Tuesday, August 9, 2011

Failure: The Second Best Outcome


My thirty-day writing challenge, it's safe to say, was a failure.

No, let's be more clear: I failed to complete the thirty-day writing challenge I set for myself.

Better. More direct. More precise. A subject and verb. I failed. No evasion, no ambiguity.

Why really doesn't matter. Life got in the way, I got busy, I got tired. It happens. Part of success, I think, is recognizing that it happens and moving on instead of beating myself up about it.

Because after all, if I fail--it's because I did something. Did something, put myself out there, and fell flat. Which beats the stuffing out of doing nothing, which is exactly what I've been doing the last two months. What I've been doing most of my life, actually.

It's the second best outcome I could hope for. The first, obviously, is success. Take on a challenge and complete it. Stand tall knowing I did what I set out to do.

The second best is to take on a challenge and fail, and know that even though I didn't complete it, I'm ahead of where I was.

The worst outcome--last place in any endeavor--is to sit on the sidelines thinking wow, that looks hard. I'm glad I'm not out there.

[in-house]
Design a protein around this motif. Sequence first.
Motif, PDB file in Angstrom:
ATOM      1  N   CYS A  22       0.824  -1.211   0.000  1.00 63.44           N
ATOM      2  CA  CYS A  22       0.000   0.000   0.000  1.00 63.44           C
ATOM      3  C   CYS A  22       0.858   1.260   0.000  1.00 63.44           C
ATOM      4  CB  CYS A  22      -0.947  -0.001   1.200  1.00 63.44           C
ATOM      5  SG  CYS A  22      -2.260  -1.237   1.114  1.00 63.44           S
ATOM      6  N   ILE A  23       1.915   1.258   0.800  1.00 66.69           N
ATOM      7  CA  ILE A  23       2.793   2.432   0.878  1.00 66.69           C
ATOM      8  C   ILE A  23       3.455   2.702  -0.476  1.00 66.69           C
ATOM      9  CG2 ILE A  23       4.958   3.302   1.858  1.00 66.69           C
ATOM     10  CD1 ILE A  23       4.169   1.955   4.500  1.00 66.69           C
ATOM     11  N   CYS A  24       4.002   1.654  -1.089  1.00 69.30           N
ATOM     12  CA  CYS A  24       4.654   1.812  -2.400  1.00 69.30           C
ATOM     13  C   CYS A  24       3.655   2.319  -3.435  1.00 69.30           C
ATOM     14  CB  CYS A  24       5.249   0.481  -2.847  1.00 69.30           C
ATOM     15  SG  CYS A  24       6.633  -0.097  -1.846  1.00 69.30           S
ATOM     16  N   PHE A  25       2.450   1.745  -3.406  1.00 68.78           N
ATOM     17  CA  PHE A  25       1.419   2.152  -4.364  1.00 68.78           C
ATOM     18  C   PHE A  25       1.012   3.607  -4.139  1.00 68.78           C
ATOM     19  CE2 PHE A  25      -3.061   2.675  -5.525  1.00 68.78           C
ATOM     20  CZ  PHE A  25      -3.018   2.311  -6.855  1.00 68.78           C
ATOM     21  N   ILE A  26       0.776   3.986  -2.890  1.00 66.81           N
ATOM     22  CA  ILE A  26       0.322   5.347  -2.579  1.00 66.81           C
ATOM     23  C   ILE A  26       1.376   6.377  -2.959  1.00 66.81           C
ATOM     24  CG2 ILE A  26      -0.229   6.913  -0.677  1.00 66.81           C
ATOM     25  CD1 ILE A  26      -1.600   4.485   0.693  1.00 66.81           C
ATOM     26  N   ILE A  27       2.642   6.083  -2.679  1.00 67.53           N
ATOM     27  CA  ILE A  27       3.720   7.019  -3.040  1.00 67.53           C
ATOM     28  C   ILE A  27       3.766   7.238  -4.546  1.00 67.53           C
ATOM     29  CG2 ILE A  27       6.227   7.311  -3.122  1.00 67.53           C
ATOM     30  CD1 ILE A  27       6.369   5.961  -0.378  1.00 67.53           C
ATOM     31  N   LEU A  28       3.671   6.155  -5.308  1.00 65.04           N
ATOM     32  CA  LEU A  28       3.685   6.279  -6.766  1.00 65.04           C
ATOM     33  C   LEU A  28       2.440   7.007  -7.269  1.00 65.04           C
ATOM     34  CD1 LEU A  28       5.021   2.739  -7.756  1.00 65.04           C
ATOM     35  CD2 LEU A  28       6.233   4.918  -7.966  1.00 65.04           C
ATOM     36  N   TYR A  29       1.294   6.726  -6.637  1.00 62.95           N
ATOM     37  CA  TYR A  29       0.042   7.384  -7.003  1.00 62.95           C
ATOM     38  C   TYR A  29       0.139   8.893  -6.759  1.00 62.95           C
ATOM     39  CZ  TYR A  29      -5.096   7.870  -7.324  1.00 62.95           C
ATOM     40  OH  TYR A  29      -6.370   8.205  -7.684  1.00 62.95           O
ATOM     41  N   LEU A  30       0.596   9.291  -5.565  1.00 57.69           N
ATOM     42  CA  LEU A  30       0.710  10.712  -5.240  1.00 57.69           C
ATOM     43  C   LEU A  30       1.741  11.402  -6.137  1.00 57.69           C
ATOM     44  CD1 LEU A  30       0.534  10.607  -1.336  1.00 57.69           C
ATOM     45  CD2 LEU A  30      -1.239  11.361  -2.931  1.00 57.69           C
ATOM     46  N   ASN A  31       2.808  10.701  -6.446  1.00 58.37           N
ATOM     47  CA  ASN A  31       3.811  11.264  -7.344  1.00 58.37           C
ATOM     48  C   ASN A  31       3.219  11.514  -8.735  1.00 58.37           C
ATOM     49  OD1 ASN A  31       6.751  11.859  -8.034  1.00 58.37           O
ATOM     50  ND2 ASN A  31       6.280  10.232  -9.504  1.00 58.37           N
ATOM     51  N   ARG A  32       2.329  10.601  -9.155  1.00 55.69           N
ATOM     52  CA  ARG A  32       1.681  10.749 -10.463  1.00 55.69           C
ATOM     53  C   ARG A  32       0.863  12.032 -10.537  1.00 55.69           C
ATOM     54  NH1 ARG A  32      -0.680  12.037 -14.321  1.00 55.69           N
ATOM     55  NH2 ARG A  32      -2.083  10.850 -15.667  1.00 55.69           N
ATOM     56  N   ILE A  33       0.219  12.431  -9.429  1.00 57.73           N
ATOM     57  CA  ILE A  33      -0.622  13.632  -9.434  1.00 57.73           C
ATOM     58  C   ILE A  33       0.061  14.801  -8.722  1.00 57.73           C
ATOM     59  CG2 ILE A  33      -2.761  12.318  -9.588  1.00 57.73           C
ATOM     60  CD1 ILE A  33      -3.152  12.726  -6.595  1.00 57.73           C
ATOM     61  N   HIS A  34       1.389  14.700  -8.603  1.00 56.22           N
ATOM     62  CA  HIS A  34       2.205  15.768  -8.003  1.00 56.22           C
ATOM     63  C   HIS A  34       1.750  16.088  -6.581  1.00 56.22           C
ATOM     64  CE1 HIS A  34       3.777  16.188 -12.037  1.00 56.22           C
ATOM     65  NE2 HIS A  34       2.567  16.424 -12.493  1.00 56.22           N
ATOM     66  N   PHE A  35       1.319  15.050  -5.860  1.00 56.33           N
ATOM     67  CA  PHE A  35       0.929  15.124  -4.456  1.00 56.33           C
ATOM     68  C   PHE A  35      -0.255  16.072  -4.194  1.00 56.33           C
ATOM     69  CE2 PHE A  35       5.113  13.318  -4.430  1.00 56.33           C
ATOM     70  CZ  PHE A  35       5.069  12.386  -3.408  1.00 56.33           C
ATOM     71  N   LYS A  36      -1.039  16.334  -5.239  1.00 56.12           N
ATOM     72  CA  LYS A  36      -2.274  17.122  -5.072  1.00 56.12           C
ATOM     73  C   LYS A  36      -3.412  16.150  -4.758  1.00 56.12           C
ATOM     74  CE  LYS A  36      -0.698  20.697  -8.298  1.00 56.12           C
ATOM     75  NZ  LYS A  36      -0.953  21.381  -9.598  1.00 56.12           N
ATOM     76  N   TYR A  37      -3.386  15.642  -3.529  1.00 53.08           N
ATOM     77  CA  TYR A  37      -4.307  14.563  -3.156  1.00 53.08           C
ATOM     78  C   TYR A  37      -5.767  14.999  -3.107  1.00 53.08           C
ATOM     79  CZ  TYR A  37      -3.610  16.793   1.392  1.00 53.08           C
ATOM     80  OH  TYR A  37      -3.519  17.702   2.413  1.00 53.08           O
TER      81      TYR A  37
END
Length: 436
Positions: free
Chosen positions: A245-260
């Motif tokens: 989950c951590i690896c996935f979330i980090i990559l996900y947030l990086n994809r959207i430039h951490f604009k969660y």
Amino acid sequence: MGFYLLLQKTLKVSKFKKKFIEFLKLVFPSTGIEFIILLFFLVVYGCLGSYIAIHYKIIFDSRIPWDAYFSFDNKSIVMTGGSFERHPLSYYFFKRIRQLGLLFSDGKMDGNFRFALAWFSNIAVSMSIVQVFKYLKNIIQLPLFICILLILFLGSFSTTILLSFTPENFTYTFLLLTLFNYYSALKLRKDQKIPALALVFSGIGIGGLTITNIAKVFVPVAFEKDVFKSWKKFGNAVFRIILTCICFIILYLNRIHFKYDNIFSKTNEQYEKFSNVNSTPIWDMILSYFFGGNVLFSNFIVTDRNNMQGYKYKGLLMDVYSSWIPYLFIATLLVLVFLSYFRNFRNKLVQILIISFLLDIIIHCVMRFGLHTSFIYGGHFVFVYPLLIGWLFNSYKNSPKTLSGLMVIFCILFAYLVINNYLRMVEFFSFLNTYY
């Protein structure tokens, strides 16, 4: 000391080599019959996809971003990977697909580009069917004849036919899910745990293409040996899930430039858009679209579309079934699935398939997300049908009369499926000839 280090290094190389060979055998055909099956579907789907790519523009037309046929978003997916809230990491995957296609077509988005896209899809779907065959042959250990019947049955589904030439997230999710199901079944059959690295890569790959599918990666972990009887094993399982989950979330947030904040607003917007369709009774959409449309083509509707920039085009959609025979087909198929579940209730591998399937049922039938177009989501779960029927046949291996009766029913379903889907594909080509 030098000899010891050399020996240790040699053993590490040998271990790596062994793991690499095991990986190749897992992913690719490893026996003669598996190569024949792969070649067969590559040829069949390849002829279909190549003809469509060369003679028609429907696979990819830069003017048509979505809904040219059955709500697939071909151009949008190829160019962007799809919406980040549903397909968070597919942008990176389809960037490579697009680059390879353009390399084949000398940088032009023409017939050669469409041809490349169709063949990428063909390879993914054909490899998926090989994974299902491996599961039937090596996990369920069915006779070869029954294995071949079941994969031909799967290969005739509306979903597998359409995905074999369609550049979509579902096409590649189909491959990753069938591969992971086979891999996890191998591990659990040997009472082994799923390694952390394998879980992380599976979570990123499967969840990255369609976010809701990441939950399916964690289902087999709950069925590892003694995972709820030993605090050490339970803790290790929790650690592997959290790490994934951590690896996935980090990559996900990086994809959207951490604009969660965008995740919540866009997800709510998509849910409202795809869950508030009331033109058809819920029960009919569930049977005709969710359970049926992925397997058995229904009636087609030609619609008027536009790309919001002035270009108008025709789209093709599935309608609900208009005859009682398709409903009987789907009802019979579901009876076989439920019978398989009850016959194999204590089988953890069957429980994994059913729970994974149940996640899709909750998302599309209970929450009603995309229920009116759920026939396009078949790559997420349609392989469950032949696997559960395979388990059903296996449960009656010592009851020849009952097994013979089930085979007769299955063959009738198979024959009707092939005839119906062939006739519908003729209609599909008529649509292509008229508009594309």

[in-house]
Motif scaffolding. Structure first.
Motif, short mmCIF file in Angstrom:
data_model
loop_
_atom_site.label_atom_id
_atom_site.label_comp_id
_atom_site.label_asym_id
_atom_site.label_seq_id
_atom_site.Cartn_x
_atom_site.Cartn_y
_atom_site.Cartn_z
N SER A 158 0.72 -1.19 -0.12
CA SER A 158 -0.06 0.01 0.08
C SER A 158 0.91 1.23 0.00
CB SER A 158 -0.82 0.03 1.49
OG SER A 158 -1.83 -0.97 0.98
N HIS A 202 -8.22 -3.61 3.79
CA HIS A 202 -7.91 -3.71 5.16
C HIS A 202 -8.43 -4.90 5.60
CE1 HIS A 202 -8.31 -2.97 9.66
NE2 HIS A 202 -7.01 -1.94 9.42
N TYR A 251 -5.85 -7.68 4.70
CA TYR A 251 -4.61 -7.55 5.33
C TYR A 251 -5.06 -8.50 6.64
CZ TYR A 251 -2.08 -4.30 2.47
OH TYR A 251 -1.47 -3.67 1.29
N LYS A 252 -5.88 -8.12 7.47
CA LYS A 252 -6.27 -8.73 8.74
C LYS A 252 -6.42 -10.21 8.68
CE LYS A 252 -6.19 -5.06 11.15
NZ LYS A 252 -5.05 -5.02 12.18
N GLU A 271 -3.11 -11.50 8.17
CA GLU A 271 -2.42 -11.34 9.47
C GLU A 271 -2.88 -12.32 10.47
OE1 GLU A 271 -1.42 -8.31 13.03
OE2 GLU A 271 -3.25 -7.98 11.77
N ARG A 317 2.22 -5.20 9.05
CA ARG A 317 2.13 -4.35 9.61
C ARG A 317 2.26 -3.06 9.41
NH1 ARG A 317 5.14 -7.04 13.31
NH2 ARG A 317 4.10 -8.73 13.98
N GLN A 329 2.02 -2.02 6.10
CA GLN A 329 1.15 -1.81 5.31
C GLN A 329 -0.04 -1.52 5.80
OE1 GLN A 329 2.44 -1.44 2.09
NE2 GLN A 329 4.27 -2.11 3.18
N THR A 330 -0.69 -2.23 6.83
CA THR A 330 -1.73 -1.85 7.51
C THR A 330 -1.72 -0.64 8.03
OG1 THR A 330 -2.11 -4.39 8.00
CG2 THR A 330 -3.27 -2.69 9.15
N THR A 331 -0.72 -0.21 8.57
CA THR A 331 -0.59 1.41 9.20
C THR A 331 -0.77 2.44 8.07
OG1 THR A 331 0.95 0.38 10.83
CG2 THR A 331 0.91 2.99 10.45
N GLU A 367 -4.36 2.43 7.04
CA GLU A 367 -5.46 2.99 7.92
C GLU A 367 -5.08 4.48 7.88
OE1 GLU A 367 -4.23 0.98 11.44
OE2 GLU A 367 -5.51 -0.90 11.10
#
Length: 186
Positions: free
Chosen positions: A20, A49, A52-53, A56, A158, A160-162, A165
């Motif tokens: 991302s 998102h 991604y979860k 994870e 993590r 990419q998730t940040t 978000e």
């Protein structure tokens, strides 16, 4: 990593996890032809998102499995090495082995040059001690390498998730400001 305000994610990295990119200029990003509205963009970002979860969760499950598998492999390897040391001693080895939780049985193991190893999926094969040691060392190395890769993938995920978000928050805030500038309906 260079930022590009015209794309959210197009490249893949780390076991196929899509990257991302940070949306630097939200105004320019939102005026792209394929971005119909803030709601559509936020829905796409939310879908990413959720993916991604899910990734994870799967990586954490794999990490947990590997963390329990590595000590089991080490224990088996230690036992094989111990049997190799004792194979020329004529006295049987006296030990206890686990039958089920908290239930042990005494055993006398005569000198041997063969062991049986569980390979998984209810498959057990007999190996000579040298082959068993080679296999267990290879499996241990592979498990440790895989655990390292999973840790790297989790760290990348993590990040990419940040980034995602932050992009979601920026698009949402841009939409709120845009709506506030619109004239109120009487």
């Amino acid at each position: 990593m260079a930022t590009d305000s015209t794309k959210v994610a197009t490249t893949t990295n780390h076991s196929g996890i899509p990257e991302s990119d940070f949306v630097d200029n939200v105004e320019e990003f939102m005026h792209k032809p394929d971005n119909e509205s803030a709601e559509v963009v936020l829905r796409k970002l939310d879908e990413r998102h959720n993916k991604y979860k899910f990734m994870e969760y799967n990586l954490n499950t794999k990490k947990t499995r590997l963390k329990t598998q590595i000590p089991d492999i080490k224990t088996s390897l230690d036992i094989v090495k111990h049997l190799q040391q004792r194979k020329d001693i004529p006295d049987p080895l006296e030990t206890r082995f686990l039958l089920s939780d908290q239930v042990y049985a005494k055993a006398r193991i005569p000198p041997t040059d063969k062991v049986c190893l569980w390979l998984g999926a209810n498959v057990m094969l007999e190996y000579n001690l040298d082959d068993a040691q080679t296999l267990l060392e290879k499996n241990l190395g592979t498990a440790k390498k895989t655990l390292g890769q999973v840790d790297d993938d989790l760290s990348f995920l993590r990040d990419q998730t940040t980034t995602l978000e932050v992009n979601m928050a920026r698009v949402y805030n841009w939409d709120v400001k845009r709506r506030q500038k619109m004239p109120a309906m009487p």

Because, really, what do we accomplish if we never take a risk, never push ourselves to do the one thing we can do that no one else can?

I'll still answer the rest of the Trust30 prompts, in time. Not out of some stubborn ideal of finishing what I started; just because they're fun, and they get me writing and make me think. Sometimes about things I'd rather not think about. Which is a good thing.

I'm also going to start doing some history here again. I think next we'll explore the changes in warfare that led from armored knights on horseback to rifle-armed militia. From Knights to Minutemen is a concept I've done with my kids; I'll adapt it and share it here. That will give us something to talk about.

Let's move forward together!

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